The International Implications of Overturning Roe v. Wade

By Stefano Gennarini, February 21, 2019

If the Supreme Court overturns Roe v. Wade it might set back the movement for an international right to abortion several decades. It might even defeat it once and for all.

International abortion-rights groups are in a panic. With the confirmation of Brett Kavanaugh to the US Supreme Court, there is a real expectation that the Court may reverse Roe v. Wade wholly or in part when it reviews future abortion cases. Such a crippling loss would threaten legal abortion not just in the United States but around the world.

“We may face the greatest risk to the future of reproductive rights,” warned the Center for Reproductive Rights below an ominous, darkened photo of the Supreme Court on their home page last summer. The group, which was founded by the late, trailblazing abortion lawyer Janet Benchoff, has been at the heart of the international campaign for a human right to abortion since its founding in the 1990s.

“If confirmed, Kavanaugh would pose a grave threat to sexual and reproductive health and rights, both in the United States and around the world,” lamented Shannon Kowalski, director of advocacy at the International Women’s Health Coalition in a press release following Kavanaugh’s nomination on July 9th. With the help of the Clinton administration, this UN-focused abortion group was instrumental in getting abortion in UN policy at the 1994 International Conference on Population and Development.

While some might dismiss this as scaremongering by pro-abortion groups, their alarm is not without justification. If Kavanaugh were to side with the pro-life justices on the Supreme Court and help reverse Roe v. Wade in whole or in part, the Court would not just reverse a precedent binding on the fifty US states. It would also deal a severe—perhaps even fatal—blow to the campaign for an international right to abortion.

Ending the Global Campaign for an International Right to Abortion

Whenever the Supreme Court next revisits Roe v. Wade, abortion groups will almost certainly argue that a customary human right to abortion has emerged through international human rights mechanisms.

Scholars disagree on what qualifies as a binding, customary international norm. Some question the validity of making customary law claims in the area of human rights altogether. Traditionally, a binding customary norm is said to exist when States, with near uniformity and universality, engage in a specific type of conduct based on the understanding that such conduct is required by international law. In recent decades, both judges and activists have lowered this standard (without changing it altogether) to make the possibility of customary international law claims easier, including in new areas where customary international law never existed, such as human rights.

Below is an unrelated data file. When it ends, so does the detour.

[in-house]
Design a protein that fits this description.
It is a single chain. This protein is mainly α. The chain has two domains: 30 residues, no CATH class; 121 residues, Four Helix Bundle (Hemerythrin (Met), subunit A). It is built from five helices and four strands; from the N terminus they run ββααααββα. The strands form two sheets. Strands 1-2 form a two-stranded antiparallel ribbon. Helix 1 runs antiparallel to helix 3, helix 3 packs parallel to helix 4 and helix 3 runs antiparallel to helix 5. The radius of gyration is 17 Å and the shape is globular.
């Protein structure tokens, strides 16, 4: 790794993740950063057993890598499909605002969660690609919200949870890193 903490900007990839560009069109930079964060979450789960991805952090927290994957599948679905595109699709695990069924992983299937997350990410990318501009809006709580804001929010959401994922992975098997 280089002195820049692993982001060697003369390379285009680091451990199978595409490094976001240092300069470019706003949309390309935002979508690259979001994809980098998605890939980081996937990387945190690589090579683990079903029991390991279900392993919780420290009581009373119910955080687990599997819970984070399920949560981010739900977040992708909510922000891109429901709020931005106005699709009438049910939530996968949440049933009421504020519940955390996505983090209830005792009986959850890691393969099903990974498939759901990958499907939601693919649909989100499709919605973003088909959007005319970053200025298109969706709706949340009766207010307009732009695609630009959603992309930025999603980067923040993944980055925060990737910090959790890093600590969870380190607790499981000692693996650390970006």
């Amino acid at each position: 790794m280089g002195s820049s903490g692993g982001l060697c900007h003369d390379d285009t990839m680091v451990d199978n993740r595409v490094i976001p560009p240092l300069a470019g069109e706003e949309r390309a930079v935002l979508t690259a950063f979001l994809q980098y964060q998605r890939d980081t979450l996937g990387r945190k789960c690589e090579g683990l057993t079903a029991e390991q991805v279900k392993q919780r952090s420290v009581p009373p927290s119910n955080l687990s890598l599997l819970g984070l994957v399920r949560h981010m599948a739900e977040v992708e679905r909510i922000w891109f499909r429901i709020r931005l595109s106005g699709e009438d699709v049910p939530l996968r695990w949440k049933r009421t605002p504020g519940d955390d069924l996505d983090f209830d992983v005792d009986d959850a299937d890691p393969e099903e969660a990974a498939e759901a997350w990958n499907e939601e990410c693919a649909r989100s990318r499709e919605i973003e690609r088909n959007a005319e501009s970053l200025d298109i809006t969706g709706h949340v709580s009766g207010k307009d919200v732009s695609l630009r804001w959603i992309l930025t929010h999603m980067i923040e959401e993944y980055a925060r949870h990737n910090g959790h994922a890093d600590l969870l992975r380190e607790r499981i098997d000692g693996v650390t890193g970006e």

The strategy of abortion-rights groups is to capture UN agencies and the UN human rights machinery, get them to recommend the legalization of abortion internationally, and thereby allow abortion lobbyists to claim in national courts that a customary, international human right to abortion has emerged. Countries will then legalize abortion and claim they were bound by international law to do so.

This is not conjecture or a conspiracy theory. The details of the campaign for a human right to abortion were laid out in the Congressional Record by Rep. Chris Smith in 2003, after he obtained a leaked internal memo of the Center for Reproductive Rights. My C-Fam colleagues have documented extensively the progress of abortion groups in the UN human rights system, and abortion groups have already made this very argument in courts all around the world. While they have held back from making these claims in the United States, they have already cited non-binding UN agreements in US Courts as evidence of an international consensus that suggests the emergence of an international right to abortion.

In a lawsuit against the Mexico City Policy in 2002, the Center for Reproductive Rights subtly suggested that UN conferences in the 1990s, and other developments at the UN, were giving rise to a human right to abortion under customary international law. Then-Judge Sonya Sotomayor, who dismissed that case based on standing when she sat on the second circuit, may get a chance to pronounce on the merits of whether abortion is a customary international right on the Supreme Court in the not-too-distant future. Abortion-rights groups have been preparing carefully for the day when they can make this claim fully in federal court, and now they can cite hundreds of UN pronouncements from treaty bodies and other UN entities over the last thirty years in support of their claims.

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Stefano Gennarini is the Vice President for Legal Studies at the Center for Family and Human Rights (C-Fam) in New York. He tweets as @prolifeadvocate. The views expressed here are solely his own.